Merry Christmas!

Discussion in 'General Electronics Chat' started by KL7AJ, Dec 7, 2009.

  1. KL7AJ

    Thread Starter AAC Fanatic!

    Nov 4, 2008

    The Christmas Letter Syndrome
    Eric P. Nichols

    I’m about the last person on Earth anyone would accuse of being a Scrooge. I love everything about Christmas: the snow, the festive lights, the happy kids, the music, the roast beast, the yearly Charlie Brown Christmas special, and the giving and getting of gifts.
    Well, ALMOST everything. If there’s one Christmas related tradition that makes my skin crawl, it’s the arrival of that dreaded Christmas letter. Actually, it’s not really a tradition, it’s a syndrome.
    The purpose of writing a letter, as I’ve always understood it, is to convey information from Point A to Point B. The contemporary manifestation of the Christmas Letter, despite its interminable length, fails miserably in this regard. The typical Christmas Letter is more like a drive-by data dump. It is what I call CLS...Christmas Letter Syndrome.
    This is where you learn that Aunt Hildegard's youngest of three daughters was elected State Senator, when last you knew, Aunt Hildegard wasn't even married. For some reason, people write Christmas letters as if they're merely continuing a conversation that started fifteen minutes ago, when in reality, it's more like dropping into the middle of Anna Russian.
    If you MUST write a novel, it would be helpful to clue us in as to who the characters are, and, if humanly possible, give us a hint as to why we should care. It’s not that “we” don’t like people, but it’s a lot easier to care about somebody we know. Your next door neighbor’s boss or your orthopedist isn’t one of them.
    Now, in all fairness, I have to acknowledge that you are no more likely to take any interest in my Christmas Letters than I am in yours. This became quite evident about two years ago. Until that time, I would dutifully and promiscuously propagate my annual literary masterpiece far and wide. I am a writer, after all.
    However, I recently received a card from a not-too-distant relative in response to one of my epistles.
    “Oh, you live in Alaska! How interesting! When did you move up there?”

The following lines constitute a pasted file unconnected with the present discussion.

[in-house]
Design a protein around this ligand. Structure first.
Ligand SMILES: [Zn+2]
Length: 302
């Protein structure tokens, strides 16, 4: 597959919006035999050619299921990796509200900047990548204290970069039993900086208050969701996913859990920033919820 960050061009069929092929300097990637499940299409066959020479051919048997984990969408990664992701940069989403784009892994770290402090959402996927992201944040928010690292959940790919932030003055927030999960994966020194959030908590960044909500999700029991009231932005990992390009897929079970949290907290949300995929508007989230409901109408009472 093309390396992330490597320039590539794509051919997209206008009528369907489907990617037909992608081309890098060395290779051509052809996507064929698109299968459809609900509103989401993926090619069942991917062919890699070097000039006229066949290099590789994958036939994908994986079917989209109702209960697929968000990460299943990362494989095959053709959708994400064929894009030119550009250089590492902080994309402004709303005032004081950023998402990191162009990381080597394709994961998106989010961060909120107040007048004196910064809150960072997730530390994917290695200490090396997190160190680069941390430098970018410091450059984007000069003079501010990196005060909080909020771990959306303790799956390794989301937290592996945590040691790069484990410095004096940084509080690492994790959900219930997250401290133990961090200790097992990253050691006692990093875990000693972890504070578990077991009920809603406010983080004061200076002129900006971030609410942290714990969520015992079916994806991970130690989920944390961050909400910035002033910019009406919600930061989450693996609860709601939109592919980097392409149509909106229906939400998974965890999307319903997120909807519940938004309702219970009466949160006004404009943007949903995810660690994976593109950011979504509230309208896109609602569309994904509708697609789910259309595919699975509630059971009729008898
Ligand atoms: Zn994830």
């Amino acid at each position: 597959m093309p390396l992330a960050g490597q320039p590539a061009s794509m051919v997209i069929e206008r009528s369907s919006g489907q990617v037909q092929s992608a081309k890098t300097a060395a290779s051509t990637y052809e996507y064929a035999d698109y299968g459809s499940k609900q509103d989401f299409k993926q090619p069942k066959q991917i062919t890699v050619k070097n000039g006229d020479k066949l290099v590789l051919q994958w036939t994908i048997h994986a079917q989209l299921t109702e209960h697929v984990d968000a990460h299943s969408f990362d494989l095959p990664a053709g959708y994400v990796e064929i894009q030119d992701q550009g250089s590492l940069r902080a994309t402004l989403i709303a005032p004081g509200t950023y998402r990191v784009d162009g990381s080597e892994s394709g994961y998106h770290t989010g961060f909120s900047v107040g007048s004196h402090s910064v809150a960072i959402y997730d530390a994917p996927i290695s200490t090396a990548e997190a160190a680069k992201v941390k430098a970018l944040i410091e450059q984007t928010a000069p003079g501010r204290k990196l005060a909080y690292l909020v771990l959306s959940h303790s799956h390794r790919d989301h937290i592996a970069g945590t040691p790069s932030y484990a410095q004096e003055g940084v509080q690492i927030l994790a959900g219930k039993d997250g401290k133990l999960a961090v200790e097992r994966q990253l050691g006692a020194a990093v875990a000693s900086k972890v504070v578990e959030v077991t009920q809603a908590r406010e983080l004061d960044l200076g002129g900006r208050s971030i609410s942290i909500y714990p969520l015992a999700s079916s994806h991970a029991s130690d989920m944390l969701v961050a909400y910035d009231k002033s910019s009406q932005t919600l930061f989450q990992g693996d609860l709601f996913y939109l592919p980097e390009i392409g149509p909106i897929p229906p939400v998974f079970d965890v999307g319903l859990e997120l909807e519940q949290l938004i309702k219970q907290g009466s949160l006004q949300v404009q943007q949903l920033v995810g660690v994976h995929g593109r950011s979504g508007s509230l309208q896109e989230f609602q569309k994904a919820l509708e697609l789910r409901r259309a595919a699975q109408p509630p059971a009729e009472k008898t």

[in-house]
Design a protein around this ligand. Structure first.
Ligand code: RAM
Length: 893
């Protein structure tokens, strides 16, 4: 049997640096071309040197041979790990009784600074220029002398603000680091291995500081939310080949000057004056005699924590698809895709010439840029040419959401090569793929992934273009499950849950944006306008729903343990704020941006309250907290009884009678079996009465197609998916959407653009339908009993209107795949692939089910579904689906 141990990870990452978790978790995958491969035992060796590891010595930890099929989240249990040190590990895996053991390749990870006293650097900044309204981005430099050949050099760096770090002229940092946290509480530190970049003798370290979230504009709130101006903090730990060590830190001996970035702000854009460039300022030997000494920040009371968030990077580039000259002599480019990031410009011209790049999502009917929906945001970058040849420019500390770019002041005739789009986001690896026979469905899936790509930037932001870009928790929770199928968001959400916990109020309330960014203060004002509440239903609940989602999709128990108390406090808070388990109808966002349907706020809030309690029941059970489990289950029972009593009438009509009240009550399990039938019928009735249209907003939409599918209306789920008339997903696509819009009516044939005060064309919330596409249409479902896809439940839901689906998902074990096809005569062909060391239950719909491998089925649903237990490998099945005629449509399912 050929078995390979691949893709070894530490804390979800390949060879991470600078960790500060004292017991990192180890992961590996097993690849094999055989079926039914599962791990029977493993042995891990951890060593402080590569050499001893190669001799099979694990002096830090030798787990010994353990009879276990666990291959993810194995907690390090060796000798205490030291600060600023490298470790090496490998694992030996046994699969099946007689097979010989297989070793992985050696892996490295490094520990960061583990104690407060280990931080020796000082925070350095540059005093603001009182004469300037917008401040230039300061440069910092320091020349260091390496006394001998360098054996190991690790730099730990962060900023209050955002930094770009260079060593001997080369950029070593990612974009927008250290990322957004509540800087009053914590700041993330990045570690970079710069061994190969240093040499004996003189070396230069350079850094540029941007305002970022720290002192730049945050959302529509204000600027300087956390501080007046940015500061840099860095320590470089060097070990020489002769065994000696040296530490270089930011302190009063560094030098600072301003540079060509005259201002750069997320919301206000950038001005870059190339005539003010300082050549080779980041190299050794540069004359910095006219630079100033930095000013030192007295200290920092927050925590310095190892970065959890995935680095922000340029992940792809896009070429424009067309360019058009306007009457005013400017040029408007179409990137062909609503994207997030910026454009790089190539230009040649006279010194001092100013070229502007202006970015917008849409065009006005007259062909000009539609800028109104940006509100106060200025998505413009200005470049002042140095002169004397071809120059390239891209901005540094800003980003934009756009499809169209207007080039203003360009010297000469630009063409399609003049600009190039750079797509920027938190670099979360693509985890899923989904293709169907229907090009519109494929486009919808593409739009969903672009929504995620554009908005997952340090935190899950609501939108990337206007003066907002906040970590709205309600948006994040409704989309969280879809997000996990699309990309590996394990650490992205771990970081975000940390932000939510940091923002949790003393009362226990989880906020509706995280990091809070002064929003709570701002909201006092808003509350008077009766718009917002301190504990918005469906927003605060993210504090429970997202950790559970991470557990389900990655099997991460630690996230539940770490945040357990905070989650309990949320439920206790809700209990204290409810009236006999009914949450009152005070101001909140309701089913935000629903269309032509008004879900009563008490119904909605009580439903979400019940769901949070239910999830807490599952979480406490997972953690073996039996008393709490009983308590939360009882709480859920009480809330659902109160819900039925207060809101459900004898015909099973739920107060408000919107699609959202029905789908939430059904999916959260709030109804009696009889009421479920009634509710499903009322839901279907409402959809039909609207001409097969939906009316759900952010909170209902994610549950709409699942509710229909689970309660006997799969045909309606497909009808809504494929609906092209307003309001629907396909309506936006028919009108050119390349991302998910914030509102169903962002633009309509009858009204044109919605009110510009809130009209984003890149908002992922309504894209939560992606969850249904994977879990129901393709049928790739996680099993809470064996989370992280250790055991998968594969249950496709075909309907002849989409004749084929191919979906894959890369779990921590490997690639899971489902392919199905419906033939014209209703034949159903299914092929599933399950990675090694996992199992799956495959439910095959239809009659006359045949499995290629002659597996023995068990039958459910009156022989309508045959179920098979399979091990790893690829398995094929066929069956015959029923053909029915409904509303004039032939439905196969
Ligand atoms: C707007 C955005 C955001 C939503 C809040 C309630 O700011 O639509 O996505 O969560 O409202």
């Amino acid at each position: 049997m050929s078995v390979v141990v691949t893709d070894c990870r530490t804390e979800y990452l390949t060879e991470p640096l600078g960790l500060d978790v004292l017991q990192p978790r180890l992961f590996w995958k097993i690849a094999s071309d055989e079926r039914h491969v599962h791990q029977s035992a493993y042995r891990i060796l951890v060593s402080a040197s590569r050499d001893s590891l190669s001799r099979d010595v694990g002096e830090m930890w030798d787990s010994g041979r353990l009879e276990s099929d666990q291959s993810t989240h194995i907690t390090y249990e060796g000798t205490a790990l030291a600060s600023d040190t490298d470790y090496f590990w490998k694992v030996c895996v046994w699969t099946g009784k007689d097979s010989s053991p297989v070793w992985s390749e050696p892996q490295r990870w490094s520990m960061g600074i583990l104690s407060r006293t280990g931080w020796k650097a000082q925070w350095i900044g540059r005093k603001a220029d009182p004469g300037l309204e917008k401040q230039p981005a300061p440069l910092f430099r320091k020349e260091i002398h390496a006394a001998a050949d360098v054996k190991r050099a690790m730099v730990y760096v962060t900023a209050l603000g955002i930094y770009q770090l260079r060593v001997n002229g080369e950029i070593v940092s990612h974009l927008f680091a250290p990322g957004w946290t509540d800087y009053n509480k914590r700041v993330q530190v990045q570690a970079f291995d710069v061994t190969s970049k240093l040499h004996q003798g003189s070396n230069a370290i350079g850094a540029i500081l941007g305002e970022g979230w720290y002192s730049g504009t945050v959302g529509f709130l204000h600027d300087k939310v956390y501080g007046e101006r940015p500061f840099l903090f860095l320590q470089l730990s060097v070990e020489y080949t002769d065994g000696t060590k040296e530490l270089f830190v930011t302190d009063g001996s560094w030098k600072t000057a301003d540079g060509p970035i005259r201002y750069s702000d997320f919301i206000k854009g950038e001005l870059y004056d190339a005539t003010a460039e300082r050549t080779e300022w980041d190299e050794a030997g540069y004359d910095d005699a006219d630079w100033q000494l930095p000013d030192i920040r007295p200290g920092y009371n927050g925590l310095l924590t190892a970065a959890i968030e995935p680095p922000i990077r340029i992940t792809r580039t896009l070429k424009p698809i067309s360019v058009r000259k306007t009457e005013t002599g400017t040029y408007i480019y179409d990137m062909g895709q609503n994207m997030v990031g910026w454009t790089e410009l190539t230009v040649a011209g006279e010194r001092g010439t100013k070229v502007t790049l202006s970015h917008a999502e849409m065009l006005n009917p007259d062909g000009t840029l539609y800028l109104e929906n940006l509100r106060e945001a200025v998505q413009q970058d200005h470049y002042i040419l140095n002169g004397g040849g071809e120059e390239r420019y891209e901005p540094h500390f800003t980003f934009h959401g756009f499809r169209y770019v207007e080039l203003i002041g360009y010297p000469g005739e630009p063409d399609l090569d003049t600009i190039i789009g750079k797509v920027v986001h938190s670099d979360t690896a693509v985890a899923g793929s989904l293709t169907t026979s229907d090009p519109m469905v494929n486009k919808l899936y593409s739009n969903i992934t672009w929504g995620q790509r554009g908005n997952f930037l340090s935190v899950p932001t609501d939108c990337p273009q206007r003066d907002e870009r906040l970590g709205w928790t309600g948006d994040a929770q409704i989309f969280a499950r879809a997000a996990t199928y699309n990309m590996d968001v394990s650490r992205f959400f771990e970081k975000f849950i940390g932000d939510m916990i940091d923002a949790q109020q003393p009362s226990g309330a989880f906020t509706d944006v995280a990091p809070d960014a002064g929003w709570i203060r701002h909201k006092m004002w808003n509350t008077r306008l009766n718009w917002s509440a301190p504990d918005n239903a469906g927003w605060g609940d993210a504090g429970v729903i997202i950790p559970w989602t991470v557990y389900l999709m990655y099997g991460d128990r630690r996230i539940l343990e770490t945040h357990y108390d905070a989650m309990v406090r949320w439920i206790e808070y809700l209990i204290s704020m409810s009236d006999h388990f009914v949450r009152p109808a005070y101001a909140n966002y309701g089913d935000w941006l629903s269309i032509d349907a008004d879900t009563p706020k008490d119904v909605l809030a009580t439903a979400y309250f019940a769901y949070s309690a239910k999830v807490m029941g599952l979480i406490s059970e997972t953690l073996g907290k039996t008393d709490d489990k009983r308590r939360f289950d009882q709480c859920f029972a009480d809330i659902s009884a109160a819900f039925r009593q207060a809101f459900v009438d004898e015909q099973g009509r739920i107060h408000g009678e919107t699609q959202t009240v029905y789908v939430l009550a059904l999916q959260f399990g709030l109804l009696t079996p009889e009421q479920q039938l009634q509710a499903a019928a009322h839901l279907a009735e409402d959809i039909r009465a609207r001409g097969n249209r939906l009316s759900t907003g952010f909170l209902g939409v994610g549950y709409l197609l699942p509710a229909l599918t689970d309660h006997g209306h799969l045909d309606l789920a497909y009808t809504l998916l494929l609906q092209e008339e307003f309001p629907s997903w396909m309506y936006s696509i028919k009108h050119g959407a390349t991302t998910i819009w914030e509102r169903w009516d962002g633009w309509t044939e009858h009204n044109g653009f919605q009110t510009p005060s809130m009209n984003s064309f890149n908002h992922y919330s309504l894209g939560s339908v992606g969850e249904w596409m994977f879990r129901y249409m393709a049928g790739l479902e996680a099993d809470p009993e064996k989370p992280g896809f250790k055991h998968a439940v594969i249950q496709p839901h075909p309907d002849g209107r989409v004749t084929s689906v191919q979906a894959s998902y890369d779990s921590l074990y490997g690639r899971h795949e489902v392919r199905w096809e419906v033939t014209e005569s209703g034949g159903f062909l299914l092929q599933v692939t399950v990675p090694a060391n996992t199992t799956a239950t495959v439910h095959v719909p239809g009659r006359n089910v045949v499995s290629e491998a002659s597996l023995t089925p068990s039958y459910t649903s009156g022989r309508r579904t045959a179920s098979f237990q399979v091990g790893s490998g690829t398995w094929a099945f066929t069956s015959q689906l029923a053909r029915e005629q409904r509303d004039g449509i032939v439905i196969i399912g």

After informing said relative that this happened in 1976, I retired entirely from the Christmas Letter business.
    Now, there’s one other aspect of the Christmas Letter Syndrome that bears mentioning. Why does everyone in the writer’s family become an overachieving Mother Teresa right after Thanksgiving? More than likely, the few names that we DO recognize in your tomes are people we remember as the neighborhood deadbeat or apprentice axe-murderer. You really don’t have to “spin” your newsletter for our benefit. We have black sheep in our family, too...we fully understand. Sure, Christmas is the season to be jolly, but not the season to escape reality.
    In closing, I’d like to pronounce upon each and every one of you Peace on Earth and Good Will to All Men.
    In keeping with this goal, I’ll spare you the Christmas Letter.


    Eric P. Nichols

  2. steveb

    Senior Member

    Jul 3, 2008
    Actually, I envy you Eric. When I get these letters, I have the option of ignoring them, or skimming them over. However, every Christmas eve, I visit my Mom, who reads her letters religiously, and memorizes all the details. I then have to listen for two hours as she methodically goes through all the stories from each letter, as well as the ones she learned by telephone. My mind can not assimilate the information overload about what my aunt's best friend's daughter did, or my Moms best friend's, son's step daughter didn't do ... etc. ... etc.

    Thank God for the spiked egg nog !!! :)